See the installation guide at https://greensock.com/install for details. 

FYI, we're getting close to releasing GSAP 3.3.0 which has some edge case bug fixes in place for Draggable. 


Happy tweening/dragging!

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Hey Paulie and welcome to the GreenSock forums!


45 minutes ago, pauliescanlon said:

i used to use GreenSock a lot back in my ActionScript 2.0 days (circle 2005) but have been out of the animation game for some time... i'm so pleased the project is still alive and well!

We are happy about that too! GSAP is better than ever :) 


There's a GSAP overview on the docs homepage that shows exactly what is and isn't included in Club GreenSock. The Club page also has a listing along with demos of each.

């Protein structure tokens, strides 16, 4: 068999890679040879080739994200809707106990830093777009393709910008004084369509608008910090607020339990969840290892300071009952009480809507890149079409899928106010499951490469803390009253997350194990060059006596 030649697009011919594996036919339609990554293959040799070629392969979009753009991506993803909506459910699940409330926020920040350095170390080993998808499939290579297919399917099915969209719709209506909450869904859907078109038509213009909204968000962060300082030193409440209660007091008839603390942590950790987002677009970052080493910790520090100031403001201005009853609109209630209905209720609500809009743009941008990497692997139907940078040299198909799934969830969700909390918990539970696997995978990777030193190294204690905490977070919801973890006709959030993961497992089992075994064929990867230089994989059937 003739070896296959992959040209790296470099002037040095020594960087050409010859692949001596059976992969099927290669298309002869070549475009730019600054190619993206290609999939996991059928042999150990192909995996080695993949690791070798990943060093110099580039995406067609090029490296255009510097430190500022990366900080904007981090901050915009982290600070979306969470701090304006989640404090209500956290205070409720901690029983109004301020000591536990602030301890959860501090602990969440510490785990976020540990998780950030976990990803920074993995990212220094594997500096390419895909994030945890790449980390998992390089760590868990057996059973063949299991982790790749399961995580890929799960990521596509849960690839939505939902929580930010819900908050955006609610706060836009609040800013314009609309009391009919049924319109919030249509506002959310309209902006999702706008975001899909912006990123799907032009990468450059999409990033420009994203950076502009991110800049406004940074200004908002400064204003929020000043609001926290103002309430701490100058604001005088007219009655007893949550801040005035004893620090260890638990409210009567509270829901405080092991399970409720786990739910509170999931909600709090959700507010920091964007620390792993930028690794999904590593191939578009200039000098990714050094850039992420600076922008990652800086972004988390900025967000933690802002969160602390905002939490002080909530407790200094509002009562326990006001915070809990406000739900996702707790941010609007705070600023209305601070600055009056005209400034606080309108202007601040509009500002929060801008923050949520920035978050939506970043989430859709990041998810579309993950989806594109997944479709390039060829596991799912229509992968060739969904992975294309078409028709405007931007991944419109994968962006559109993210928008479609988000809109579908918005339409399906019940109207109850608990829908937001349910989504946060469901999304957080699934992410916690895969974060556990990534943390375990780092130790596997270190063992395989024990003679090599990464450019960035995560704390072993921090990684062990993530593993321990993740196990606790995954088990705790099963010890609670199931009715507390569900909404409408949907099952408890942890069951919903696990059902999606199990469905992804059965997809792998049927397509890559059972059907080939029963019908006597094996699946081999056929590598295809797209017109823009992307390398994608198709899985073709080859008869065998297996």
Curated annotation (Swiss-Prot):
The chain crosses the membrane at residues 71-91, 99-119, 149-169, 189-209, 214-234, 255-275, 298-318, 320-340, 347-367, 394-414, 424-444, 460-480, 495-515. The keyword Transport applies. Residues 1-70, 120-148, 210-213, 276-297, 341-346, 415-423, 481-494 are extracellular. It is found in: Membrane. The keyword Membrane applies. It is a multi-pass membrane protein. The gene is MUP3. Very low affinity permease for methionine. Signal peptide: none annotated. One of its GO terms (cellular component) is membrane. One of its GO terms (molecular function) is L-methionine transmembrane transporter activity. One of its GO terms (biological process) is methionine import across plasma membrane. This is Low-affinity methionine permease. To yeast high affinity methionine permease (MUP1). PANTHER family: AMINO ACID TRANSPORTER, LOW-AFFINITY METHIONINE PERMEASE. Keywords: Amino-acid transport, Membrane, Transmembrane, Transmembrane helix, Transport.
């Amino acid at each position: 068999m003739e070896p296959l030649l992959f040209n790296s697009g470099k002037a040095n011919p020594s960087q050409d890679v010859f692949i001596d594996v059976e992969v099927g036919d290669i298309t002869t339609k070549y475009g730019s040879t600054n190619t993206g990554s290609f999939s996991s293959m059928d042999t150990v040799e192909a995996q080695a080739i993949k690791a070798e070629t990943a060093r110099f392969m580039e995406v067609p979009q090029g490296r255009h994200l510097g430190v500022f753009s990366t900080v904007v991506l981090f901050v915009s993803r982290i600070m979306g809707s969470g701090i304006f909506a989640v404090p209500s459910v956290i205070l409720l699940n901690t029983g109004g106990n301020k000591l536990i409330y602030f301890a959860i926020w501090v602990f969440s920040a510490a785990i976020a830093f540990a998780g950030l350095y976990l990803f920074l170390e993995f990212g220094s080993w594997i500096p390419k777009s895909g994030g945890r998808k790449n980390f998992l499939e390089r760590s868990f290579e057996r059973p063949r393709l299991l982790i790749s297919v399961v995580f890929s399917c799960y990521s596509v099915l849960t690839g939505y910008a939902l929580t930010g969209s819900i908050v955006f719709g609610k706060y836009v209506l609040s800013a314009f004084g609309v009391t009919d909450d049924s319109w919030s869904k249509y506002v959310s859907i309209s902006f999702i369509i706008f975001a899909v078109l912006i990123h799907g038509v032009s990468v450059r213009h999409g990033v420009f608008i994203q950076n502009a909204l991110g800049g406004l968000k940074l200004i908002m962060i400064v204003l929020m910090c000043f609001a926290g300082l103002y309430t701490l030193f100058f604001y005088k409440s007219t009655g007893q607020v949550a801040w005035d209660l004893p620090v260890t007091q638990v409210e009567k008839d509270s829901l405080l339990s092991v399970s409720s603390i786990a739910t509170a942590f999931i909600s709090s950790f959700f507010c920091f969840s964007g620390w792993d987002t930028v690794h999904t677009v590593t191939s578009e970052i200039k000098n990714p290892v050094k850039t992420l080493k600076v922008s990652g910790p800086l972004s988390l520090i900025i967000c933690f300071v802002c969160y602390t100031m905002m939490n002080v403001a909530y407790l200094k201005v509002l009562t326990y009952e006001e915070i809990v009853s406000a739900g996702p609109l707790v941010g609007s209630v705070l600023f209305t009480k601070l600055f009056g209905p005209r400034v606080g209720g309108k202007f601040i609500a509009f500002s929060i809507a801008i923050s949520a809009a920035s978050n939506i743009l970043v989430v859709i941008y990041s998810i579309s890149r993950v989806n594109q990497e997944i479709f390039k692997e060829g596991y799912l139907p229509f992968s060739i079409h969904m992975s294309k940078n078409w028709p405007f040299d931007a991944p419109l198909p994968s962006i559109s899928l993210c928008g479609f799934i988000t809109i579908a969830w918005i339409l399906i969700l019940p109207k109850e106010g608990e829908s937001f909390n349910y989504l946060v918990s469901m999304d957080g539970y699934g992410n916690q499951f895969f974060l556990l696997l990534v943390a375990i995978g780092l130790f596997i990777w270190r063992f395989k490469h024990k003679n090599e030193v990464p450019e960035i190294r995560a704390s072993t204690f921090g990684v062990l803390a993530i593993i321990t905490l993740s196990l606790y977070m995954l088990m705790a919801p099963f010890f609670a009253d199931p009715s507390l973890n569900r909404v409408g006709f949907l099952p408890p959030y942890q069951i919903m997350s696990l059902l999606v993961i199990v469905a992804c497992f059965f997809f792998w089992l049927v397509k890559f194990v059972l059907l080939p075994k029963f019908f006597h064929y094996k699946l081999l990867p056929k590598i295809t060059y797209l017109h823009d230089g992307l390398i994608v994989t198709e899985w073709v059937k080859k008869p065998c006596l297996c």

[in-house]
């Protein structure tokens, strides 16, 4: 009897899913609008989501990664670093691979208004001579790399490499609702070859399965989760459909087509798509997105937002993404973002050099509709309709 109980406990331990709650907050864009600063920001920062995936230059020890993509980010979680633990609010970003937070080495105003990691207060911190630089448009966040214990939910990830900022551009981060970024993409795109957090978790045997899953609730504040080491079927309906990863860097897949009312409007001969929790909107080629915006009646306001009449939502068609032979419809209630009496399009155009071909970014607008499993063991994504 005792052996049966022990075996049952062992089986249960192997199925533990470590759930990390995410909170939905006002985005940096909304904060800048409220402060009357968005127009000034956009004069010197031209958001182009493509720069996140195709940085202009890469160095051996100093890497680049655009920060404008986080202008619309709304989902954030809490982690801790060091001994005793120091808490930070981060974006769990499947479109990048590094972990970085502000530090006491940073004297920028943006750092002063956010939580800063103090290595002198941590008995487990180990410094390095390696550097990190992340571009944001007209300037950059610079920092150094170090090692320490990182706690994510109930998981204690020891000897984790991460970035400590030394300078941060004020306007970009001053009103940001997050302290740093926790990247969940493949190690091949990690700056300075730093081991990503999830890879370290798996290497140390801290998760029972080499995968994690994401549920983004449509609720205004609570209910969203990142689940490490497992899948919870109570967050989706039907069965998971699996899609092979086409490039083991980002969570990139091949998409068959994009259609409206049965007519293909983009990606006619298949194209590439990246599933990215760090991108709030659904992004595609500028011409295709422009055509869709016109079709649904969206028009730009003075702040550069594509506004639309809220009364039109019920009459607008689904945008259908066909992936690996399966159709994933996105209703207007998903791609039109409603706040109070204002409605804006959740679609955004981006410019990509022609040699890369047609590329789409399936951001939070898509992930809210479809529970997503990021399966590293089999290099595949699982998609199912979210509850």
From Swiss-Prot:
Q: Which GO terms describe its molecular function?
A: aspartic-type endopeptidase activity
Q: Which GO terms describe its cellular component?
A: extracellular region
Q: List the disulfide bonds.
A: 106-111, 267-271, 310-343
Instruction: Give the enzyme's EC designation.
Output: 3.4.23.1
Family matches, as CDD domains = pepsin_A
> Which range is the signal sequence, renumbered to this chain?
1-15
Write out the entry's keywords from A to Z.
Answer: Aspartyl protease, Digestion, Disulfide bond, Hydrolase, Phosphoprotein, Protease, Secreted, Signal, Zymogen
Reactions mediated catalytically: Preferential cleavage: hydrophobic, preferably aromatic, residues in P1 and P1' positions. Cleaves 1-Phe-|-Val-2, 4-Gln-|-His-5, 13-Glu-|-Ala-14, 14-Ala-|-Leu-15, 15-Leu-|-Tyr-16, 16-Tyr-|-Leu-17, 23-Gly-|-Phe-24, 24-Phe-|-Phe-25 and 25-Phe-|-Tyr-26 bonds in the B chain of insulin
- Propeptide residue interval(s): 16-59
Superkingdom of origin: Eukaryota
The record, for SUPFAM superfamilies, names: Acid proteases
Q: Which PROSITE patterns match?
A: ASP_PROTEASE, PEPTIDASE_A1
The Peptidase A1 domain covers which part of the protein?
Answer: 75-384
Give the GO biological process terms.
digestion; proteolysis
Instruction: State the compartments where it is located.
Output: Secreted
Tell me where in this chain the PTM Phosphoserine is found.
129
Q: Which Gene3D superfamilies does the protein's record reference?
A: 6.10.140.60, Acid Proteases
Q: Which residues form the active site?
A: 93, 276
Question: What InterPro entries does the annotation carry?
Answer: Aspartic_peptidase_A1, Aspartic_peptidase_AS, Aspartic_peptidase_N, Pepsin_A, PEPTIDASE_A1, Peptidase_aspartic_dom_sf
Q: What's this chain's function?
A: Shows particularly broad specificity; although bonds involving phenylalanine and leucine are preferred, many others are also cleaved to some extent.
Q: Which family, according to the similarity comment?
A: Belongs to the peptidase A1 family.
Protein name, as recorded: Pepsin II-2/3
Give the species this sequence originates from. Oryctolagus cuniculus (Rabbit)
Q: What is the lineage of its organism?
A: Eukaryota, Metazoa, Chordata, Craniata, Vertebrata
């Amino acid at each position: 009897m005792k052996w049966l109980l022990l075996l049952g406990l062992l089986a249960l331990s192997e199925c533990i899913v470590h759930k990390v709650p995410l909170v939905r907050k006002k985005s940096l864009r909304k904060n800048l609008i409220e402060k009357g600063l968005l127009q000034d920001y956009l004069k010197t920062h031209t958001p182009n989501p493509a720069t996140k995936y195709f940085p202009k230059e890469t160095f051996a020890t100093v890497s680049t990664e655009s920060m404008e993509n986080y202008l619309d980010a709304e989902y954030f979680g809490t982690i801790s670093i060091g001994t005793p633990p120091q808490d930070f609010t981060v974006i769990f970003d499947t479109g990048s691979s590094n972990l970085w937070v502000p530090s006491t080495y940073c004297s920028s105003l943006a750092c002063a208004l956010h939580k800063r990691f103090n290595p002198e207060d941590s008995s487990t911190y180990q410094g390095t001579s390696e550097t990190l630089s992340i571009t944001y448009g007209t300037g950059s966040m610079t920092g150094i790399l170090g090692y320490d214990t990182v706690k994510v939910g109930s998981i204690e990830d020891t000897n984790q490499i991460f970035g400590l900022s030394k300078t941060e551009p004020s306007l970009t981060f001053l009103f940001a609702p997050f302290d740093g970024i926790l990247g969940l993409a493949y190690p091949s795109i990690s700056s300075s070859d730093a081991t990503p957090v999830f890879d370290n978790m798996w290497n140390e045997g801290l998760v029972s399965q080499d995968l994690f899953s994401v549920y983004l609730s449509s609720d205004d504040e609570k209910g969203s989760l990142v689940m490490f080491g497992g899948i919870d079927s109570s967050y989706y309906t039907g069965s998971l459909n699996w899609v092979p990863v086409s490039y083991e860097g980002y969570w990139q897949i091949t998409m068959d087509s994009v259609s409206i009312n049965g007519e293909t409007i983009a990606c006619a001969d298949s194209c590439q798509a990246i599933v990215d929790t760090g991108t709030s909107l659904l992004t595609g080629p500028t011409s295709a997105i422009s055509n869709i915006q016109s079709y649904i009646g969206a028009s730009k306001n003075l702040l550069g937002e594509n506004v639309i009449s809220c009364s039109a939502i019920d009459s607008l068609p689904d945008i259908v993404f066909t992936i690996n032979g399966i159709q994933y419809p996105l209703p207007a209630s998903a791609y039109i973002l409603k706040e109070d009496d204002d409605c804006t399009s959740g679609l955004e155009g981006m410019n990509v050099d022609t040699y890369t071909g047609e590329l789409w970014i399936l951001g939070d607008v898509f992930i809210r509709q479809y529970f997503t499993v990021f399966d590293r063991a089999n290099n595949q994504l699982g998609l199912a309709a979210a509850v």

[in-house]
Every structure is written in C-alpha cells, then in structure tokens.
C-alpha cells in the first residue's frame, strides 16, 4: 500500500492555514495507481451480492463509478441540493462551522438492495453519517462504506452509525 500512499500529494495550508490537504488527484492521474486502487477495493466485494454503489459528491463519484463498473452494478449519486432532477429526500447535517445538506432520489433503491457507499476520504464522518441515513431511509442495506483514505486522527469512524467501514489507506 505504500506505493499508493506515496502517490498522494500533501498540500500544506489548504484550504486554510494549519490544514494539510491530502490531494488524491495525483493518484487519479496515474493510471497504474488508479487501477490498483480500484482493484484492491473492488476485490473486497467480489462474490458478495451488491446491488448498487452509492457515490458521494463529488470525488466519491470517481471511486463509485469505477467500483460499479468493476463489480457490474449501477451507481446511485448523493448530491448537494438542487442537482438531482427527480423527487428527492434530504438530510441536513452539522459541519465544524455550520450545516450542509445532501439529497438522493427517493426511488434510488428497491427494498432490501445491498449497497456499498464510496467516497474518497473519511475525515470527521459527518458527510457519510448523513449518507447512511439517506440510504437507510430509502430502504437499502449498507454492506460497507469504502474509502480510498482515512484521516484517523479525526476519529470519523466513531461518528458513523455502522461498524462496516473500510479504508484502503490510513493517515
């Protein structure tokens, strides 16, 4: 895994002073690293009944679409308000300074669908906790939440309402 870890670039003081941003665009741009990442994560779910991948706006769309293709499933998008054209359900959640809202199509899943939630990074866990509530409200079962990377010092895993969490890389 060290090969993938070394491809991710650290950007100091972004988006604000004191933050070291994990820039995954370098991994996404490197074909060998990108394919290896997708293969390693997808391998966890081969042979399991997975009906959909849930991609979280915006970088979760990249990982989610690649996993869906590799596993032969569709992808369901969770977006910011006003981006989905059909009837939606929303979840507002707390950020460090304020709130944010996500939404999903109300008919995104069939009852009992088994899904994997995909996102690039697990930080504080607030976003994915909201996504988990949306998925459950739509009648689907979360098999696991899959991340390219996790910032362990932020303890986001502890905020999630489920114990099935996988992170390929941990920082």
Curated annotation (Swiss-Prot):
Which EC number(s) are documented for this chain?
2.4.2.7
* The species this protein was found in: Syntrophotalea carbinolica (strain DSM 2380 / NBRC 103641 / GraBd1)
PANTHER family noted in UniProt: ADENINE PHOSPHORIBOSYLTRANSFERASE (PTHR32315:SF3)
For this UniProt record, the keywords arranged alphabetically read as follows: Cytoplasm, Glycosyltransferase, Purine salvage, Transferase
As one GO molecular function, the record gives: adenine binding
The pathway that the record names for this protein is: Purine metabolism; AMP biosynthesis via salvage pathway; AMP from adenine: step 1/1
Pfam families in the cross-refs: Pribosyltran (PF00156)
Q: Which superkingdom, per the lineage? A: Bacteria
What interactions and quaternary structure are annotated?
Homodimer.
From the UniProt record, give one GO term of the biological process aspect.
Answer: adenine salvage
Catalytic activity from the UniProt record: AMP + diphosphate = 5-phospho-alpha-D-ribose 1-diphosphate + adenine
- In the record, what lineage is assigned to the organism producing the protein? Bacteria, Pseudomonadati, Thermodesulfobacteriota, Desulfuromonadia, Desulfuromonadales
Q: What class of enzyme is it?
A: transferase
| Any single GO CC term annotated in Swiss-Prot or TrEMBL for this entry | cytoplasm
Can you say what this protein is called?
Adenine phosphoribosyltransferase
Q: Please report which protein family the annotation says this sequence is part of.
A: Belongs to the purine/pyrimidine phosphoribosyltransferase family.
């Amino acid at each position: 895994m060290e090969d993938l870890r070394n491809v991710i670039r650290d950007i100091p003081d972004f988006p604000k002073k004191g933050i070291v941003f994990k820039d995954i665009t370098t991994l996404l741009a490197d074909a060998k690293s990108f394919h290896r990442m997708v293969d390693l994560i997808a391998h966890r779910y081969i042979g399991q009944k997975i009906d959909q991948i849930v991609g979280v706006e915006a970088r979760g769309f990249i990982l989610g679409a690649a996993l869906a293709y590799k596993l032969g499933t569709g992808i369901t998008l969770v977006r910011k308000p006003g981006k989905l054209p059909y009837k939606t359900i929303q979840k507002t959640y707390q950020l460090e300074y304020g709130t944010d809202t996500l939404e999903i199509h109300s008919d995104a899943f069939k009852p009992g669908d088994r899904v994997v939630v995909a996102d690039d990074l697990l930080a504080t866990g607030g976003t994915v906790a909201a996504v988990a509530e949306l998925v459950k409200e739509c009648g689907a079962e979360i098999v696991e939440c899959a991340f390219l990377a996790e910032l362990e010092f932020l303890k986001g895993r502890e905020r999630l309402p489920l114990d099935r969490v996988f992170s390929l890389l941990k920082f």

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@GreenSock Thanks for the response. Just to clarify one point:


Please do NOT include any of the members-only plugins (like InertiaPlugin/ThrowPropsPlugin), otherwise that'd make it super easy for anyone to steal without signing up for Club GreenSock.


Does apply to bundled code?, i can appreciate not having the source available in a public repo... but if the bundled module includes the members-only plugins it'll be all mashed together with the rest of the module code. I don't think it would even be possible to steal it from there... would it?


That said, if the general preference is no members-only plugin code can be used on any bundled or public facing URL that's ok, can you confirm what the restrictions are... sorry to be a pain!